A new authority has launched today, unlocking millions of pounds of investment for York and North Yorkshire.
Formation of the York and North Yorkshire Combined Authority will see more than £540 million coming to the region, with further funding for housing, transport, skills and net zero schemes moving from central government to be controlled and invested locally.
The first working day of the York and North Yorkshire Combined Authority was marked with a launch event at York Guildhall. The launch included exhibitions from businesses, community groups and academic institutions, showcasing the innovation and partnership working which exists in the region. Leaders from City of York Council and North Yorkshire Council highlighted the combined strengths of the city region and rural powerhouse and the opportunities ahead for greater devolution in the north by working with other Mayors and Combined Authorities.
The devolution deal for the region, worth more than £540 million over 30 years, will be delivered through the Combined Authority. The first year will see more than £56 million delivered, which includes projects to build hundreds of new homes and schemes to help the region transition to net zero.
The Combined Authority will be led by the first Mayor for York and North Yorkshire, following elections on Thursday 2 May. The Mayor will work with City of York Council and North Yorkshire Council to deliver devolved funds and attract new investment. In May, the existing Police, Fire and Crime Commissioner role will also become the responsibility of the Mayor.
The first working day follows the Combined Authority’s inaugural meeting on 22 January, where the constitution, budget and statutory officers were confirmed. This was attended by leaders of the constituent councils, North Yorkshire Council and City of York Council.
North Yorkshire Council’s leader, Cllr Carl Les, said: “We have waited a long time to bring the benefits of devolution to hundreds of thousands of people in York and North Yorkshire. These benefits will make a real difference to people’s lives, whether that is creating more affordable housing, improving skills and training, creating better career opportunities and promoting the green sector to protect the environment. The launch of the Combined Authority is a major moment in realising what devolution actually means for the residents and businesses of North Yorkshire. It will allow us to have more decisions made locally and also the responsibility for hundreds of millions of pounds in extra funding from the Government. We now have a powerful organisation to achieve this, and as a council we are looking forward to working closely with colleagues at the Combined Authority and City of York Council, as well as the new mayor when they are elected in May.”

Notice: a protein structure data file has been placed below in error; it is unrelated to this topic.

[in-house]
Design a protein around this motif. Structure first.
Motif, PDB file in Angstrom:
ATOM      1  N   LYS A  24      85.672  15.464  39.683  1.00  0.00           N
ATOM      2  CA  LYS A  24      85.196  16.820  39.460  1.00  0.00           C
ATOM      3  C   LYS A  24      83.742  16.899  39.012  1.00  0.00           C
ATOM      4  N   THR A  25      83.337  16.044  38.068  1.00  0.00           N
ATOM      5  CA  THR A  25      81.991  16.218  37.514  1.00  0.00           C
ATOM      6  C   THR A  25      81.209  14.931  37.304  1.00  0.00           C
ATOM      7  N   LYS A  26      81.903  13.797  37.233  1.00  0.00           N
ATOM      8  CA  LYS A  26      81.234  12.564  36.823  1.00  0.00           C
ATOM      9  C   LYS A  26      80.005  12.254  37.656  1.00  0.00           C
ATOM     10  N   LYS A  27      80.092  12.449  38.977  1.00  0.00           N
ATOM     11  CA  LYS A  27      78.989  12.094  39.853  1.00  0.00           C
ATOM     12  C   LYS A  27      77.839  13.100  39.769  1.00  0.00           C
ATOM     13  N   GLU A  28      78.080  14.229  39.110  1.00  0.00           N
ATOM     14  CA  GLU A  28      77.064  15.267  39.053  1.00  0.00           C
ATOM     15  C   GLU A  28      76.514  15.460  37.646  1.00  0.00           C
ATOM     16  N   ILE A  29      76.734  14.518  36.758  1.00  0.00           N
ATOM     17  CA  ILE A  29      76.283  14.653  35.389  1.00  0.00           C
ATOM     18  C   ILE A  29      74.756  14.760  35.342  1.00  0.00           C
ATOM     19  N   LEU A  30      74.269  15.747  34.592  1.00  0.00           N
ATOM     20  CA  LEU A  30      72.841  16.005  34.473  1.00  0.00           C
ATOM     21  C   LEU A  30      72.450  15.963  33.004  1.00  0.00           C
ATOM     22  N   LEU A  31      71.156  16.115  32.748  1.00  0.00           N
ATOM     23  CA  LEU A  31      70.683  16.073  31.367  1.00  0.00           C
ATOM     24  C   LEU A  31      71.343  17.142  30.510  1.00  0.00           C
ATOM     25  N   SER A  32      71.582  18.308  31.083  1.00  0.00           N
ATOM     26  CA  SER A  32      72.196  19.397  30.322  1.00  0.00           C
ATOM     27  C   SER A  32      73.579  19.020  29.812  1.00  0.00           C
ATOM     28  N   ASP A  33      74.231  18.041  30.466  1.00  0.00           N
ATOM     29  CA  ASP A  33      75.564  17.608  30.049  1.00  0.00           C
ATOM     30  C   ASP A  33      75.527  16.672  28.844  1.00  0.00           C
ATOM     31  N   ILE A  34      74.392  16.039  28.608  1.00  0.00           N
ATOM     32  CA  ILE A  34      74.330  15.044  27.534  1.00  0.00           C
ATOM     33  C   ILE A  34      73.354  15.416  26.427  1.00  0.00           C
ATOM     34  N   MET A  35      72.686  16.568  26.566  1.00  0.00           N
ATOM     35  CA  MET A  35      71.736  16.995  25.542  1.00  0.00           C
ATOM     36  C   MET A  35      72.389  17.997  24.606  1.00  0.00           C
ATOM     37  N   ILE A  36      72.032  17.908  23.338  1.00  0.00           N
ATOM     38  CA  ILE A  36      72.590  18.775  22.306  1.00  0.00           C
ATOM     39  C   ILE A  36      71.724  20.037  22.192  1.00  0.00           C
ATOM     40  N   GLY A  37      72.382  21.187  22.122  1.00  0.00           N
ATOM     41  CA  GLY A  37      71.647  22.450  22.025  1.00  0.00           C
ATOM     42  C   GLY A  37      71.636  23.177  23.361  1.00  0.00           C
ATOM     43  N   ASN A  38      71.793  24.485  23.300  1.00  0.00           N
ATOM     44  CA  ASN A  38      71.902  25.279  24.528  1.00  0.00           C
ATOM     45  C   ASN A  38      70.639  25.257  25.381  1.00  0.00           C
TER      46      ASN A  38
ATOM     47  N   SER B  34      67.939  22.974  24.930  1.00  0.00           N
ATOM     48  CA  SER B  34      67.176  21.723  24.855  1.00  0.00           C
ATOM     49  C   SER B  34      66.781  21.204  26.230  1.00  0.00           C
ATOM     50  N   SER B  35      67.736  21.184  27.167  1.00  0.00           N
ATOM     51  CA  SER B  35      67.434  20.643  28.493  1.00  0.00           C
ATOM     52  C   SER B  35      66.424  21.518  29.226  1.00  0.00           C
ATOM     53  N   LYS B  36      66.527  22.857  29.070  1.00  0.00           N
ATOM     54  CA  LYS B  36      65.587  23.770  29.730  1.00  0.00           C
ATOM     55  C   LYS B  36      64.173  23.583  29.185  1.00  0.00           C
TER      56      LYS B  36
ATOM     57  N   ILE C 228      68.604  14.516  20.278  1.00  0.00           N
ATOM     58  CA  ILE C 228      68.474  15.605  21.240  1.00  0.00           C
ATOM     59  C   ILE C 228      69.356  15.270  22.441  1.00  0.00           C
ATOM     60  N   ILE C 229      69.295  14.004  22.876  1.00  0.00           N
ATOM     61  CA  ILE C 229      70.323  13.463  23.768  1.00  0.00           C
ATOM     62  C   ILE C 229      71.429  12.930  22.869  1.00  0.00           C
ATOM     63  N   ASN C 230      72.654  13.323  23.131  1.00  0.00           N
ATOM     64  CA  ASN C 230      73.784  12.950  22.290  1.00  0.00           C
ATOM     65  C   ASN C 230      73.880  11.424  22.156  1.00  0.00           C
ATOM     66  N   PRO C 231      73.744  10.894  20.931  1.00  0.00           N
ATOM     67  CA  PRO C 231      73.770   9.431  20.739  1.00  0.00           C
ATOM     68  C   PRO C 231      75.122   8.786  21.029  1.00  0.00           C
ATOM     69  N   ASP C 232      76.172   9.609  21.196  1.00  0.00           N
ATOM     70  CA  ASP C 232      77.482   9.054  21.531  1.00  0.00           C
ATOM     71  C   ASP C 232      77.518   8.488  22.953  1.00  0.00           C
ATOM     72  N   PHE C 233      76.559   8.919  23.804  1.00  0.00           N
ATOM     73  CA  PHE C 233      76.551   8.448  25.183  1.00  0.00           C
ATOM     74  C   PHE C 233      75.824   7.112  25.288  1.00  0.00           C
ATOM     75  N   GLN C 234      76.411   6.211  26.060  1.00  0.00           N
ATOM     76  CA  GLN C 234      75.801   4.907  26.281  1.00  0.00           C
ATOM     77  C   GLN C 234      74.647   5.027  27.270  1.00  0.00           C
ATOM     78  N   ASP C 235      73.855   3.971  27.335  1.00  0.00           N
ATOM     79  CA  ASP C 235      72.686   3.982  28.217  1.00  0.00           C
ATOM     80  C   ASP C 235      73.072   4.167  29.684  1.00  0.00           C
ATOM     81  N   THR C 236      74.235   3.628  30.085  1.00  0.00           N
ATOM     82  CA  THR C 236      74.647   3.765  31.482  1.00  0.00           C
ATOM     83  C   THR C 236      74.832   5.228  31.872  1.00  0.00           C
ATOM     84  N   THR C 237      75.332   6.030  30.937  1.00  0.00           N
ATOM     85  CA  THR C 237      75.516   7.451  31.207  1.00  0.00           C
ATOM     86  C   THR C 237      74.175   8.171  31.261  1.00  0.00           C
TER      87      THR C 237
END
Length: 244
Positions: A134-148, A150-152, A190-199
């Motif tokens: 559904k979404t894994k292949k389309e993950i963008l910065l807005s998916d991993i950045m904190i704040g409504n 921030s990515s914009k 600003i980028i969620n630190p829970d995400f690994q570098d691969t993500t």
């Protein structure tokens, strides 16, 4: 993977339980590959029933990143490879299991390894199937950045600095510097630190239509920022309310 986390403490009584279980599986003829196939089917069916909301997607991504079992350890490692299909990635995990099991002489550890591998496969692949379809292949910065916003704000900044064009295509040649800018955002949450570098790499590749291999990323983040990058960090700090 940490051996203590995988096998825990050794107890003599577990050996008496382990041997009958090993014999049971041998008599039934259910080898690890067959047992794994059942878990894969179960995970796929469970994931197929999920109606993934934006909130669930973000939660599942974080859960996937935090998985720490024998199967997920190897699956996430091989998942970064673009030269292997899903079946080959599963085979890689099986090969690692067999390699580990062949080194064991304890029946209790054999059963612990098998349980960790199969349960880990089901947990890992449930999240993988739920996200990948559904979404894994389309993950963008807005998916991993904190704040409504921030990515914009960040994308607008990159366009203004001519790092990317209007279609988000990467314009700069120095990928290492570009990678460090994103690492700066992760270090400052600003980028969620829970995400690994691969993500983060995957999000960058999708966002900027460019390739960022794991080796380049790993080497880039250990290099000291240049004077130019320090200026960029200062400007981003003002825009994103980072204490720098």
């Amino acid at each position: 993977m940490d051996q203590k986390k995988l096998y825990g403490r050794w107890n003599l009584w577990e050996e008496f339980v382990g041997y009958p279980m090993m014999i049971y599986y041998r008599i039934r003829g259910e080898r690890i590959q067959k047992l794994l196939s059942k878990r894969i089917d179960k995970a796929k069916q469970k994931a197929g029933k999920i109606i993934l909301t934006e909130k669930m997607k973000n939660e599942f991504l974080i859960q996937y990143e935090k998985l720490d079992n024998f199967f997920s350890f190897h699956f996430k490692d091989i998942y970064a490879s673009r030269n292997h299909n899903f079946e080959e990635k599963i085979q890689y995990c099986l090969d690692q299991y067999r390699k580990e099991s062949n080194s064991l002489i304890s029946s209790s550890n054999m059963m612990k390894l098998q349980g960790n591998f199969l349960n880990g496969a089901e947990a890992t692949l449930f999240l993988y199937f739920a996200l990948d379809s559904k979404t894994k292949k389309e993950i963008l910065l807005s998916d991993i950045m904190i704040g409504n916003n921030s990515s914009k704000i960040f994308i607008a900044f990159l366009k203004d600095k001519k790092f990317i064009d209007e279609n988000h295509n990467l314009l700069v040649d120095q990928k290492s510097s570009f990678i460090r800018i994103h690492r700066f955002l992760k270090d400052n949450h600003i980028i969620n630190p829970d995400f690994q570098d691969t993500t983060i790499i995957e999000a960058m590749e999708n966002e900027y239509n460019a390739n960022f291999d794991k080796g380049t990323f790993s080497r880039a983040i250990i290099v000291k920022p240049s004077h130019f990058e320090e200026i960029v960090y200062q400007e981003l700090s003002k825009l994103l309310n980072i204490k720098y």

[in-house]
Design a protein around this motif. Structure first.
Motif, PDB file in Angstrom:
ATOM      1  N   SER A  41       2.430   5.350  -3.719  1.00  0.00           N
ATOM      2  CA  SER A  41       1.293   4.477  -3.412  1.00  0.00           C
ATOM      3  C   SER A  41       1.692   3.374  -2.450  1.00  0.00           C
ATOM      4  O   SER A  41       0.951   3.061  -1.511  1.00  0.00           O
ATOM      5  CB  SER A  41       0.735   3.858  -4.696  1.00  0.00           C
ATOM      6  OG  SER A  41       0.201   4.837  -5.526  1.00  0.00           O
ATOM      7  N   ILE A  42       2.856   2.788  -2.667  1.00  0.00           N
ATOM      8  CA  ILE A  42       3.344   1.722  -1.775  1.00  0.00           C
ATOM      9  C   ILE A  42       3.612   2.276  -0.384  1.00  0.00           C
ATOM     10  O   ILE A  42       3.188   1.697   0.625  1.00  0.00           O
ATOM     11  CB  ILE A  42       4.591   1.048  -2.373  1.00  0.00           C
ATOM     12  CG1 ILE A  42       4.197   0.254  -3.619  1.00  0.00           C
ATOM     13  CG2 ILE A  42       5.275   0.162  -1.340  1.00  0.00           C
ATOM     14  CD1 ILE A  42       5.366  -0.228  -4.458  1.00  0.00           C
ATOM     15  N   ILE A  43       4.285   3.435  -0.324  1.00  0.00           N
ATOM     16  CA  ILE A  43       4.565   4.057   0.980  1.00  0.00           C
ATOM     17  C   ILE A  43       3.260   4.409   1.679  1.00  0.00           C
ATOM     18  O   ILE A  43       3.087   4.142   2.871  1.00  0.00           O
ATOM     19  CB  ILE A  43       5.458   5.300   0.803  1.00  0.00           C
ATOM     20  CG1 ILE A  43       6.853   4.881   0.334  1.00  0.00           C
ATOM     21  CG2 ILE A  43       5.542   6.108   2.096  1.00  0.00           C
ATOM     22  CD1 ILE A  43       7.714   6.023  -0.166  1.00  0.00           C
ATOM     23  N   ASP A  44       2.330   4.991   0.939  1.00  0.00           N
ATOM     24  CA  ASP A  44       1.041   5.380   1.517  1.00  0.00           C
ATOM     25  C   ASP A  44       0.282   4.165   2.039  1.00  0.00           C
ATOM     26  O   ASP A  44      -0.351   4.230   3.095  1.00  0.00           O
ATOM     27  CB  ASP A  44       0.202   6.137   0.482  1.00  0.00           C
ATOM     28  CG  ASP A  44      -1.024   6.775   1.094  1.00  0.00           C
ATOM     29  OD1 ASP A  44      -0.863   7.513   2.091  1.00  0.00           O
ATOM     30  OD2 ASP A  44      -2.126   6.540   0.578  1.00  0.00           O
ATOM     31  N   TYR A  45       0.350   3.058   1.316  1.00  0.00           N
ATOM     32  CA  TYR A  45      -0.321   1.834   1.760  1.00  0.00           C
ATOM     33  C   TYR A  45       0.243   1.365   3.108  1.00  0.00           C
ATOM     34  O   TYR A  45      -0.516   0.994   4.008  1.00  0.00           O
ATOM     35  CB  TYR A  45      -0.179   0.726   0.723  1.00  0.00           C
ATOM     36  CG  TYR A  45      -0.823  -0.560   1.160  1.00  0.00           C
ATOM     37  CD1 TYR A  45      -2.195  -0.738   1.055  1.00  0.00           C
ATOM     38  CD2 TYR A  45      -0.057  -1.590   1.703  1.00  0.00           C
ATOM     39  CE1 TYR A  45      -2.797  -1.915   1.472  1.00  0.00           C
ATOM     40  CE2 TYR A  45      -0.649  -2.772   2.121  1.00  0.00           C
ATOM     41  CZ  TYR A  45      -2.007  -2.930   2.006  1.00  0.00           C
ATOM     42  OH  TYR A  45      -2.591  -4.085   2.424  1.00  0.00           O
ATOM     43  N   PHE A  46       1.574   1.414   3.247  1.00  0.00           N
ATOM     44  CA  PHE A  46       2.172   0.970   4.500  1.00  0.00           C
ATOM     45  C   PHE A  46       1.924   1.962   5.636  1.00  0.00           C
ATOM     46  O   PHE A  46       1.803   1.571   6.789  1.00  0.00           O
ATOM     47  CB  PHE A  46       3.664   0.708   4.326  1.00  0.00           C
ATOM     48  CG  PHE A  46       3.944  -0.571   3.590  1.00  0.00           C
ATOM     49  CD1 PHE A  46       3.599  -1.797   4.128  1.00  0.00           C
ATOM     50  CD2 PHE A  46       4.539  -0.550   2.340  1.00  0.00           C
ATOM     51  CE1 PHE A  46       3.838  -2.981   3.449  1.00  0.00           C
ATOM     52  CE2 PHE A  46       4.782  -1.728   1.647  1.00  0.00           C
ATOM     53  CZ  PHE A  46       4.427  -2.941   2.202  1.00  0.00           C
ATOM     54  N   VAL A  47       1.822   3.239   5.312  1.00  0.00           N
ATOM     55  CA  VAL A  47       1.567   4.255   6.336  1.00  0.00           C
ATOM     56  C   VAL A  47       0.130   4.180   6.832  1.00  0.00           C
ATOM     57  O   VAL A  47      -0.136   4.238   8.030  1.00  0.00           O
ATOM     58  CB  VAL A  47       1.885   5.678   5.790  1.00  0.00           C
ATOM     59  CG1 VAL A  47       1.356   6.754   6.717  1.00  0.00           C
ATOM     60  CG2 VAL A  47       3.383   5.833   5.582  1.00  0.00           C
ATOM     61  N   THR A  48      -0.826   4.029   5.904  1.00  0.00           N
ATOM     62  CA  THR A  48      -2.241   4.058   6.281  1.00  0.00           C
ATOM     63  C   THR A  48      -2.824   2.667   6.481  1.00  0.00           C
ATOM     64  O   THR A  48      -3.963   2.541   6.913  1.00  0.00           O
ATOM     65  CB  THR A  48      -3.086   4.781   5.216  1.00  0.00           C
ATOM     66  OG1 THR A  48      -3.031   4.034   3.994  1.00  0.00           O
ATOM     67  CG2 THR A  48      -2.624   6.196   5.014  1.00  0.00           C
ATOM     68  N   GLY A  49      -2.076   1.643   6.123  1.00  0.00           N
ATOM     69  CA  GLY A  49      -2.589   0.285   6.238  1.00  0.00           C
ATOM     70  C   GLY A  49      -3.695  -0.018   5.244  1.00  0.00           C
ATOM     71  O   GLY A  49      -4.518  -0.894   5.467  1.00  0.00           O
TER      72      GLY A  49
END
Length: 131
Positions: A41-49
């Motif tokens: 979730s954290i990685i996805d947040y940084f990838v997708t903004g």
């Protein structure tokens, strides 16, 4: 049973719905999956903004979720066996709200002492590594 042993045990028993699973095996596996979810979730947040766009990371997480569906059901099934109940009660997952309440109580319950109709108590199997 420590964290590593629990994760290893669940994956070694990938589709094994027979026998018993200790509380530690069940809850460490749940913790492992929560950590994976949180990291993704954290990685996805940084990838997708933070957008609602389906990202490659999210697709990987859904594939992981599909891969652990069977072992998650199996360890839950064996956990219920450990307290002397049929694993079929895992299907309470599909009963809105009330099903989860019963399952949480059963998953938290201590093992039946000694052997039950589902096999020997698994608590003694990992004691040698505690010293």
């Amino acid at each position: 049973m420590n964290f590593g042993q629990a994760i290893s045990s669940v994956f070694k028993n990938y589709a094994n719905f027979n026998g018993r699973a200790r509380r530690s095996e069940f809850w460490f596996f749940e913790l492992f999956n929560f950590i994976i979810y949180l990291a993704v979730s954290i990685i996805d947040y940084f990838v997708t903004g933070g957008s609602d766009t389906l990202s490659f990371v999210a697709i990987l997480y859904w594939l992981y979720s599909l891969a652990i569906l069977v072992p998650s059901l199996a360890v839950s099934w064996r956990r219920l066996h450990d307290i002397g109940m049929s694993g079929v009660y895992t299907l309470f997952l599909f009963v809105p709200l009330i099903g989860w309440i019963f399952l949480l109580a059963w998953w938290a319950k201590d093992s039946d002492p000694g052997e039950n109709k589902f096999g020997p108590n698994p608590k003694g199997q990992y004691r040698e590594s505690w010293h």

Cllr Claire Douglas, Leader of City of York Council, said: “It was fantastic to join local stakeholders to mark the first day of the Combined Authority and the start of a new era for our region. I want to thank everyone across York and North Yorkshire who has been involved in making this happen. One of York’s Council Plan priorities is to make the most of devolution and we are looking forward to getting on with the job in the coming weeks, months and years by working closely with our North Yorkshire partners and the new Mayor. While we are all rightly proud of where we live, our region does face challenges, especially around housing, transport and the cost of living crisis. Making devolution a success means delivering for our residents and businesses by investing in sustainable and affordable housing, tackling the climate emergency, transforming transport and boosting our economy for the benefit of everyone."
Minister for Levelling Up, Jacob Young, said:“Today’s launch event is an important milestone in delivering our devolution deal and unlocking more than half a billion pounds of committed long-term funding for the area over the next 30 years. Implementing this devolution deal and establishing the new Combined Authority means powers and funding will be transferred from London to God's own county of York and North Yorkshire. More decisions will now be taken locally with investments made to address key local priorities and drive delivery of key projects. Devolution continues to be a key priority for this government, and I look forward to continuing to work with the Combined Authority, councils and the new Mayor in due course as the region begins this new exciting chapter.”
Front row, from left: Cllr Peter Kilbane, Deputy Leader of City of York Council; Cllr Claire Douglas, Leader of City of York Council; Richard Flinton, Chief Executive of North Yorkshire Council and James Farrar, Director of Economy & Interim Head of Paid Service at York and North Yorkshire Combined Authority, with attendees at the York and North Yorkshire Combined Authority launch, York Guildhall, on Thursday, February 1.